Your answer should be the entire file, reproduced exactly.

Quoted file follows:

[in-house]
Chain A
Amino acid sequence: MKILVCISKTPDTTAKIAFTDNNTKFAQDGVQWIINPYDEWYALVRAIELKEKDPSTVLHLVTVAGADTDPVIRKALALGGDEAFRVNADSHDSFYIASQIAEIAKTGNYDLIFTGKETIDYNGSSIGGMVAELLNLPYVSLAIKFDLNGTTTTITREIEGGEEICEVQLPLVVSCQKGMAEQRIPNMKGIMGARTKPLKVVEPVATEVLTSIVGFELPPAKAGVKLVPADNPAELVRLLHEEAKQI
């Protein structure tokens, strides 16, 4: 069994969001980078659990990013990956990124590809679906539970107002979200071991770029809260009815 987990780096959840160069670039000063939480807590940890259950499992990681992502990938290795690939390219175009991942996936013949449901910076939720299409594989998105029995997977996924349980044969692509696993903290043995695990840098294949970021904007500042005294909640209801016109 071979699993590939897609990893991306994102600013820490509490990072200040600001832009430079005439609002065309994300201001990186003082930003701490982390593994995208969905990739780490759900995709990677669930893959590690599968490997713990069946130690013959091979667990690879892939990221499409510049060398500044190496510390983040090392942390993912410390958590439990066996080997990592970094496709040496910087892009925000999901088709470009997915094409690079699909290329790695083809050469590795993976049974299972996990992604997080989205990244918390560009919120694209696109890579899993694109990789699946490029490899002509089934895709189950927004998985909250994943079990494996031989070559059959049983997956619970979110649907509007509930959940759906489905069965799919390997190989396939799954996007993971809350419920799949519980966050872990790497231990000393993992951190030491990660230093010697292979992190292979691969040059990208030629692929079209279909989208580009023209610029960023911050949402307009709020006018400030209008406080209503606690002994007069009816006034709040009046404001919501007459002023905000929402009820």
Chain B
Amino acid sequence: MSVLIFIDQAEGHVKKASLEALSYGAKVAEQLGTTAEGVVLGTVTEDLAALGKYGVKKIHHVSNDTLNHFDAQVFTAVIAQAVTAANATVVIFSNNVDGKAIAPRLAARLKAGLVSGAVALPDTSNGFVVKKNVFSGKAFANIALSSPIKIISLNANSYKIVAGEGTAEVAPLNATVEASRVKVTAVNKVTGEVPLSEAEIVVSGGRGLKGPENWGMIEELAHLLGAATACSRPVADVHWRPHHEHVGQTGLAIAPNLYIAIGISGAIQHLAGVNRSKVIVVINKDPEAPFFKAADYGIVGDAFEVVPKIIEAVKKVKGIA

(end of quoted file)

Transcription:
[in-house]
Chain A
Amino acid sequence: MKILVCISKTPDTTAKIAFTDNNTKFAQDGVQWIINPYDEWYALVRAIELKEKDPSTVLHLVTVAGADTDPVIRKALALGGDEAFRVNADSHDSFYIASQIAEIAKTGNYDLIFTGKETIDYNGSSIGGMVAELLNLPYVSLAIKFDLNGTTTTITREIEGGEEICEVQLPLVVSCQKGMAEQRIPNMKGIMGARTKPLKVVEPVATEVLTSIVGFELPPAKAGVKLVPADNPAELVRLLHEEAKQI
């Protein structure tokens, strides 16, 4: 069994969001980078659990990013990956990124590809679906539970107002979200071991770029809260009815 987990780096959840160069670039000063939480807590940890259950499992990681992502990938290795690939390219175009991942996936013949449901910076939720299409594989998105029995997977996924349980044969692509696993903290043995695990840098294949970021904007500042005294909640209801016109 071979699993590939897609990893991306994102600013820490509490990072200040600001832009430079005439609002065309994300201001990186003082930003701490982390593994995208969905990739780490759900995709990677669930893959590690599968490997713990069946130690013959091979667990690879892939990221499409510049060398500044190496510390983040090392942390993912410390958590439990066996080997990592970094496709040496910087892009925000999901088709470009997915094409690079699909290329790695083809050469590795993976049974299972996990992604997080989205990244918390560009919120694209696109890579899993694109990789699946490029490899002509089934895709189950927004998985909250994943079990494996031989070559059959049983997956619970979110649907509007509930959940759906489905069965799919390997190989396939799954996007993971809350419920799949519980966050872990790497231990000393993992951190030491990660230093010697292979992190292979691969040059990208030629692929079209279909989208580009023209610029960023911050949402307009709020006018400030209008406080209503606690002994007069009816006034709040009046404001919501007459002023905000929402009820």
Chain B
Amino acid sequence: MSVLIFIDQAEGHVKKASLEALSYGAKVAEQLGTTAEGVVLGTVTEDLAALGKYGVKKIHHVSNDTLNHFDAQVFTAVIAQAVTAANATVVIFSNNVDGKAIAPRLAARLKAGLVSGAVALPDTSNGFVVKKNVFSGKAFANIALSSPIKIISLNANSYKIVAGEGTAEVAPLNATVEASRVKVTAVNKVTGEVPLSEAEIVVSGGRGLKGPENWGMIEELAHLLGAATACSRPVADVHWRPHHEHVGQTGLAIAPNLYIAIGISGAIQHLAGVNRSKVIVVINKDPEAPFFKAADYGIVGDAFEVVPKIIEAVKKVKGIA